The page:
Just like all the other parts of your vehicle, the subwoofer can start rattling if it’s loose.
If this is the case, then you need to pay attention to your subwoofer’s movements when it’s playing. If you notice that it’s moving, then it’s time to tighten its screws. Ensure your subwoofer’s screws are tight enough to prevent leaks without bending its frame.
3. Search for Loose Items and Remove Them
If the sound system isn’t damaged but still rattling, then the issue may be the vehicle itself. Therefore, you should start by examining the car’s interior parts before proceeding to the exterior parts. Fortunately, most interior parts of the car are easily accessible.
Play your favorite song at the level that causes the car to rattle, and then look for loose items. Remember, a simple item like a loose cup holder can cause your subwoofer to rattle.
So it would help if you started with the easy-to-access parts like the glove compartment and pocket console. The jack and the spare tire can hide some items or become loose.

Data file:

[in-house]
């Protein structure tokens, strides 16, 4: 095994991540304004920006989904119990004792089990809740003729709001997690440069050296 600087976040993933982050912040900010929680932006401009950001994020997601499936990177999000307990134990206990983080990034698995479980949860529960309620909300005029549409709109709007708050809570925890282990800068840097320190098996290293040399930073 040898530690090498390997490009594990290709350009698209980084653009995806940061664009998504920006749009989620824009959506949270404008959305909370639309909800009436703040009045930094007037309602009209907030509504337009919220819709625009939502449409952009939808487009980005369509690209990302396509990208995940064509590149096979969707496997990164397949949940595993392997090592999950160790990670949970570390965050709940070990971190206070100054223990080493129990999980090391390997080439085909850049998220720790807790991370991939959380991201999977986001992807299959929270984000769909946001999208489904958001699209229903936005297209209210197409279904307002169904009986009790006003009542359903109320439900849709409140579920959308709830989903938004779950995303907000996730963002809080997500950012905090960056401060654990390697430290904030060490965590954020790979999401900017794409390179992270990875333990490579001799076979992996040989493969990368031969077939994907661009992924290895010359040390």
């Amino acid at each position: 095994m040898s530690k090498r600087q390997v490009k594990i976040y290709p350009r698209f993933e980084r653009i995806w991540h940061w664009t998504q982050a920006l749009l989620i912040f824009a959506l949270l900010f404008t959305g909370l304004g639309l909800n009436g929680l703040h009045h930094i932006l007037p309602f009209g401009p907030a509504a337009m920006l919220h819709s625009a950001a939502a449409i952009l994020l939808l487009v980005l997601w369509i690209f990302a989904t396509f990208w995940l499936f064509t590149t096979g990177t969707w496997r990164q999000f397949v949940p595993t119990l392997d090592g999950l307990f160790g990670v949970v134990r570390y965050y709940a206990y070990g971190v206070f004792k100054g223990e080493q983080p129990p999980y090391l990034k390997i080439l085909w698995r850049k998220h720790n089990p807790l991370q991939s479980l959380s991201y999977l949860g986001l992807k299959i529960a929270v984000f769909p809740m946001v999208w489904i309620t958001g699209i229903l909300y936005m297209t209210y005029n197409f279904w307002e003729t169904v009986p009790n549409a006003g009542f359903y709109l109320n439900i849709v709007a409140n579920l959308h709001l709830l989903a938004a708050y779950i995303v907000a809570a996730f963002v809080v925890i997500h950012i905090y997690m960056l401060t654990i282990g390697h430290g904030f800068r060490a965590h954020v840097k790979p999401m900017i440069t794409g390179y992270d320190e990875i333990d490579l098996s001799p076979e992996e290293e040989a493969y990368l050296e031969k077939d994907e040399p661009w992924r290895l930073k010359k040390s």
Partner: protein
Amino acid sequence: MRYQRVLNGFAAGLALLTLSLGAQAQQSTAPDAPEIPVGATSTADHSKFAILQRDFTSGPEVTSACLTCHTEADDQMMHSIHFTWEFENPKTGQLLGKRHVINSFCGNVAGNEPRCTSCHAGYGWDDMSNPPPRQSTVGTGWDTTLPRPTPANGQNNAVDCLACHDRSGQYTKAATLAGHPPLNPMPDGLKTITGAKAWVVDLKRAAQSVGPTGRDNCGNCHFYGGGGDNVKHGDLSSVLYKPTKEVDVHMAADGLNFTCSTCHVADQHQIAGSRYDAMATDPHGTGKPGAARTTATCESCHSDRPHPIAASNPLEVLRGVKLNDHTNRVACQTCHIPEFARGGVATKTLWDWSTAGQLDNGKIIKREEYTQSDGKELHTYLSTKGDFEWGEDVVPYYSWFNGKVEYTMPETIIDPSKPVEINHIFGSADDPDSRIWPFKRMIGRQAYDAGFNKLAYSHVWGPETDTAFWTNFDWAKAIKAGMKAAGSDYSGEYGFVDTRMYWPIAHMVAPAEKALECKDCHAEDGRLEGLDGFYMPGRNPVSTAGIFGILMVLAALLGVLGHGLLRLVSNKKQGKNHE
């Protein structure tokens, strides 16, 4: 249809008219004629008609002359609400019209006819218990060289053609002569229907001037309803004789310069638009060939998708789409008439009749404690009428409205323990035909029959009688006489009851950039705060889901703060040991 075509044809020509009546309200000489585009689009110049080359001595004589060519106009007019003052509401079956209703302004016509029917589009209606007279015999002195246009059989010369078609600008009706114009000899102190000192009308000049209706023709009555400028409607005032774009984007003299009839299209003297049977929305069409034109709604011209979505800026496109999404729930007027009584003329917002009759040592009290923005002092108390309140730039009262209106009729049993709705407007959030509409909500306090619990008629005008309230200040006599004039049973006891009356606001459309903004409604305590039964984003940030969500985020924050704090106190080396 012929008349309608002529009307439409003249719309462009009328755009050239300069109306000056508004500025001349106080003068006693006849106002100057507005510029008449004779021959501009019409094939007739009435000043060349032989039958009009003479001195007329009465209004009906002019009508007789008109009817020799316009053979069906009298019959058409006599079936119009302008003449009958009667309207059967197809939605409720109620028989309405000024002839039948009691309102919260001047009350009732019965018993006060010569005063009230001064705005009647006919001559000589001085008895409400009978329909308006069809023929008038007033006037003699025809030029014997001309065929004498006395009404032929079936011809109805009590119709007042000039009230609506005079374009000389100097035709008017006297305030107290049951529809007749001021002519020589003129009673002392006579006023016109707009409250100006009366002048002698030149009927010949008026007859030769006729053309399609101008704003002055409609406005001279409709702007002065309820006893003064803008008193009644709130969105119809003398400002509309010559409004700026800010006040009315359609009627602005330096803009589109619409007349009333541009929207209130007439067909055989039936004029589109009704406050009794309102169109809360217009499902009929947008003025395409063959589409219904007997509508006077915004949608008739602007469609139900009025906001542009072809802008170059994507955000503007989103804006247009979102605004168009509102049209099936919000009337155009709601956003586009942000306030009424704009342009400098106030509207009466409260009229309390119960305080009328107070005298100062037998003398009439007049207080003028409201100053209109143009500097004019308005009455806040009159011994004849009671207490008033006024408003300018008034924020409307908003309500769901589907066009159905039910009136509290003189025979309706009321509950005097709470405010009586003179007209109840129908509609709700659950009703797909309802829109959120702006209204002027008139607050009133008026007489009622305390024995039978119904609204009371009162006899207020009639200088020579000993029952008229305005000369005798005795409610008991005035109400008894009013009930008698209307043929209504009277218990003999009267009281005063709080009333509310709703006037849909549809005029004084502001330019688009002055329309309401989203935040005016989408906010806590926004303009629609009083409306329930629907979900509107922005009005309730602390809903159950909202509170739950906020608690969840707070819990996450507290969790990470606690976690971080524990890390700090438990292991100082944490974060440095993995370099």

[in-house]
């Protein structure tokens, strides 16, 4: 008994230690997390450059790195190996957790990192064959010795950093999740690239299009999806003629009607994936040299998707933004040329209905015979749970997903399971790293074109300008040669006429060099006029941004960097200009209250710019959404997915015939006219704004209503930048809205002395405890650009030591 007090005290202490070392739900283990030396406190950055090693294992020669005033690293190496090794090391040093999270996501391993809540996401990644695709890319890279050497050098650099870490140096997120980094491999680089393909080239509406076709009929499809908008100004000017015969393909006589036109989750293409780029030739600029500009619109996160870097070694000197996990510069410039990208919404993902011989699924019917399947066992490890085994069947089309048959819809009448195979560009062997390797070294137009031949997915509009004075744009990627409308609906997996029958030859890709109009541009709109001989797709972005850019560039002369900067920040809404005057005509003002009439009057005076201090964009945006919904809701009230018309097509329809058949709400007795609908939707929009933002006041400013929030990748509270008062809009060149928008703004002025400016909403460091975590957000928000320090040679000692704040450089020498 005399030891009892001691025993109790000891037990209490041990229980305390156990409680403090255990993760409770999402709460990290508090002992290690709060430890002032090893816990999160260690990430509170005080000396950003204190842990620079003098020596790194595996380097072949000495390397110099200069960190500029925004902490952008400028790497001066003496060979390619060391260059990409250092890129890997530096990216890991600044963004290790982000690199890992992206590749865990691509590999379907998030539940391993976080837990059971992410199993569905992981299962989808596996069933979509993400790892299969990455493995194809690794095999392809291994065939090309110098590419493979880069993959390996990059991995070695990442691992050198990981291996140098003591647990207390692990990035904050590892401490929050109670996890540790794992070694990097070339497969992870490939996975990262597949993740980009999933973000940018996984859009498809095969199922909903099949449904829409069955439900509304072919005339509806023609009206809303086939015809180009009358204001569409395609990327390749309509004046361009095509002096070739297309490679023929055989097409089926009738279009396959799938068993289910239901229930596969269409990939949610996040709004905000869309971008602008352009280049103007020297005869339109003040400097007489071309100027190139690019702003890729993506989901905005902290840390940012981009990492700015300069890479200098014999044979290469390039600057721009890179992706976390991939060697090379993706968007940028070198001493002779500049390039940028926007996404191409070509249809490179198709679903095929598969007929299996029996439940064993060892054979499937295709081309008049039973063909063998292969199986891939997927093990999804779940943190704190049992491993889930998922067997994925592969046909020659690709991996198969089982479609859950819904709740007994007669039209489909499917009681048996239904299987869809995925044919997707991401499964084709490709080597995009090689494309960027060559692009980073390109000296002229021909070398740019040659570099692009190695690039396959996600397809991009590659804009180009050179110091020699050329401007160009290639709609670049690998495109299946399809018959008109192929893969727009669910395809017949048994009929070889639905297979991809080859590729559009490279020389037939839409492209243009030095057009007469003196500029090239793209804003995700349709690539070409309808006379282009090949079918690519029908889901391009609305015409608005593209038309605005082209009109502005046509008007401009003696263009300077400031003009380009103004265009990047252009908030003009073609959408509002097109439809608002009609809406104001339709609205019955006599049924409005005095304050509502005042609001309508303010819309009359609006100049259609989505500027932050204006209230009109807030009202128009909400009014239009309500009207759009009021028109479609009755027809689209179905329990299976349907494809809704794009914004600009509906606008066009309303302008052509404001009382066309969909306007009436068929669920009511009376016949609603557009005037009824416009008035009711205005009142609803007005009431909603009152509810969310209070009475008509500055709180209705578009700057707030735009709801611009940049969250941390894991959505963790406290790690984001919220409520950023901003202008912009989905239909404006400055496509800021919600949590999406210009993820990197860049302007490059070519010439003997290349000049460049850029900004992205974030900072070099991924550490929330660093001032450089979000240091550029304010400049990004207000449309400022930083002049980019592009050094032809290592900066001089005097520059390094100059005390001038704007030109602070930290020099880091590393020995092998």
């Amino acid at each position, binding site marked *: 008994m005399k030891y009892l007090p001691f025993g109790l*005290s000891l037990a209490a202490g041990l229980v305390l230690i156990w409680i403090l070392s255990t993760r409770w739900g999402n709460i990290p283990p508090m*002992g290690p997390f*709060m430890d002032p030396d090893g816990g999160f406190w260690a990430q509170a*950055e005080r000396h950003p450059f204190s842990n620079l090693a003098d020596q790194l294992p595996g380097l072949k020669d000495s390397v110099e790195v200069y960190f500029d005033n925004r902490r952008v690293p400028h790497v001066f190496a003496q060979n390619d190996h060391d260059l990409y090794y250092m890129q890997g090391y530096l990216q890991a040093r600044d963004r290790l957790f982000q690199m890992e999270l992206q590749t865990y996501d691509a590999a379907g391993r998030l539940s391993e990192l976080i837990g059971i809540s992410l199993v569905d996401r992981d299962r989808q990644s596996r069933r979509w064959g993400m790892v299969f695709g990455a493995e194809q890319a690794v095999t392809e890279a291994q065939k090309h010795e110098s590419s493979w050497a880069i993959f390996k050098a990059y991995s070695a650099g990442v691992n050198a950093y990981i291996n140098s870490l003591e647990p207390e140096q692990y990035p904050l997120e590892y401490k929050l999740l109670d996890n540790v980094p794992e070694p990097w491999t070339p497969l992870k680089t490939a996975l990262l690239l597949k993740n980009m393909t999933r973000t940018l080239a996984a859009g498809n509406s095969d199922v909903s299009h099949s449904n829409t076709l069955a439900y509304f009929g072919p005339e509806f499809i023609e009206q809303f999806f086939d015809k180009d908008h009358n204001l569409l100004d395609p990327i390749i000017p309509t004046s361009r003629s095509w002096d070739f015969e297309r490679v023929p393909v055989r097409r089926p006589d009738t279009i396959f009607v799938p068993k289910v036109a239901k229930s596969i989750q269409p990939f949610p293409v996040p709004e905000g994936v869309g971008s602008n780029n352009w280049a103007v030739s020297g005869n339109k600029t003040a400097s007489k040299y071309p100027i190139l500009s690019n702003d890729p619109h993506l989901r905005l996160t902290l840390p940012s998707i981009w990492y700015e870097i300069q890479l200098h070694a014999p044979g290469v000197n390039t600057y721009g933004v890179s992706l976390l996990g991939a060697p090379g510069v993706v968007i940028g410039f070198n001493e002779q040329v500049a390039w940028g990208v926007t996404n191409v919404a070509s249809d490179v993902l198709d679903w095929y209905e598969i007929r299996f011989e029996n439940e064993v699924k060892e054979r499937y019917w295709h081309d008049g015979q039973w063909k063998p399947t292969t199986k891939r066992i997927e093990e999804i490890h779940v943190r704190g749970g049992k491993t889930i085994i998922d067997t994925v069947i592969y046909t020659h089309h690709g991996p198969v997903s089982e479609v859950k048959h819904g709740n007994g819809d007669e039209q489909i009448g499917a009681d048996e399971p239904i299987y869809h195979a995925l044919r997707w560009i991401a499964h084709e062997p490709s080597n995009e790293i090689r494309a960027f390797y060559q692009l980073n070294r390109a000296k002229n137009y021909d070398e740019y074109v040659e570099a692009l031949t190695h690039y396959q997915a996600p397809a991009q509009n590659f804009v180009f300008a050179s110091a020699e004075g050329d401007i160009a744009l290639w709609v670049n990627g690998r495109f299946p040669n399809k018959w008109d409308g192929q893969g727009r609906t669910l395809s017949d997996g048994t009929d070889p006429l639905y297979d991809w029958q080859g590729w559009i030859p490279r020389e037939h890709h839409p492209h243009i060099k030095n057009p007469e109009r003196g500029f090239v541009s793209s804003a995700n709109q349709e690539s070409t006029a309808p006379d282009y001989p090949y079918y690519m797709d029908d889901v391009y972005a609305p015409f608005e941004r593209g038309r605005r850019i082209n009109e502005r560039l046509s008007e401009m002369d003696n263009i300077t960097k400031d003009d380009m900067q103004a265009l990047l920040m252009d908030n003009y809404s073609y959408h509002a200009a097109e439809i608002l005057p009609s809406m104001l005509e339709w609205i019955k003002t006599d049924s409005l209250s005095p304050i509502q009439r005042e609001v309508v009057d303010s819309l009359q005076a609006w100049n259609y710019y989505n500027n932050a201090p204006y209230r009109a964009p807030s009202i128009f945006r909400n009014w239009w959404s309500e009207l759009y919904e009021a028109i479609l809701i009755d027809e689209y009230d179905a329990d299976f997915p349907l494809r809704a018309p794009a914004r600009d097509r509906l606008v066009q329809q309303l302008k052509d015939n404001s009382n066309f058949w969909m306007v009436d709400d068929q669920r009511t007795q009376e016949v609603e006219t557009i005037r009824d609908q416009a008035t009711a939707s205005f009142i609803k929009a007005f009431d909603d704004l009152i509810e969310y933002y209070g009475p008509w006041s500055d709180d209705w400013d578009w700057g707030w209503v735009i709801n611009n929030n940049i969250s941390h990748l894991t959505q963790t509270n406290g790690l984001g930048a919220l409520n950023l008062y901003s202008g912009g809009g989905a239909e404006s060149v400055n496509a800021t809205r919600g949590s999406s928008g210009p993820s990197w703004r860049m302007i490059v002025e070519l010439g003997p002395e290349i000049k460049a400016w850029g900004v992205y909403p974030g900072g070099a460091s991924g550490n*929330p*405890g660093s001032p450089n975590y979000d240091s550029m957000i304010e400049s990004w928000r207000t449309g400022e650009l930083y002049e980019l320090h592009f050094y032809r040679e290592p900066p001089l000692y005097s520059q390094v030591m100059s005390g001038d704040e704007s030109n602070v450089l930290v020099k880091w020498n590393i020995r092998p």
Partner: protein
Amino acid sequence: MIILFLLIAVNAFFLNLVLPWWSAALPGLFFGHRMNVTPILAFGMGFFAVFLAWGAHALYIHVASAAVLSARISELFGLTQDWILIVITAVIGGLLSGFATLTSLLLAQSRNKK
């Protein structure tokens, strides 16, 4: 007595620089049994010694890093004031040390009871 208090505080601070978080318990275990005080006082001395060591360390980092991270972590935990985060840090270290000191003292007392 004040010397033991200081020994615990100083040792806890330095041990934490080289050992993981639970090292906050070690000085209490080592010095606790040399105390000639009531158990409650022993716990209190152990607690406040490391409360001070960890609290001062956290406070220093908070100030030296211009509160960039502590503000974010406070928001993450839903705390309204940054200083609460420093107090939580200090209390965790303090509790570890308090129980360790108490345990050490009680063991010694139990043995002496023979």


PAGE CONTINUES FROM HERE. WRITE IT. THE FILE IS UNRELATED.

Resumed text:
You can remove the loose items, tighten the loose screws and add some extra padding around the plastic used to make the cupholder reduce movements. If the problem persists, you should proceed to the car’s exterior parts, but make sure you examine the license plates first. A loose license plate can cause the car to start rattling when listening to music.
Note: The presence of bad ground on amp symptoms could also be another reason why your subwoofer rattles. Carefully check your connections or seek the assistance of a professional mechanic or electrician.
With the music still playing at a very high volume, you can examine the plate for vibrations. If you hear some metallic bumps, the plate may be the problem. Luckily, securing the license plate is relatively easy; all you have to do is cover all its corners using high-intensity foam tape.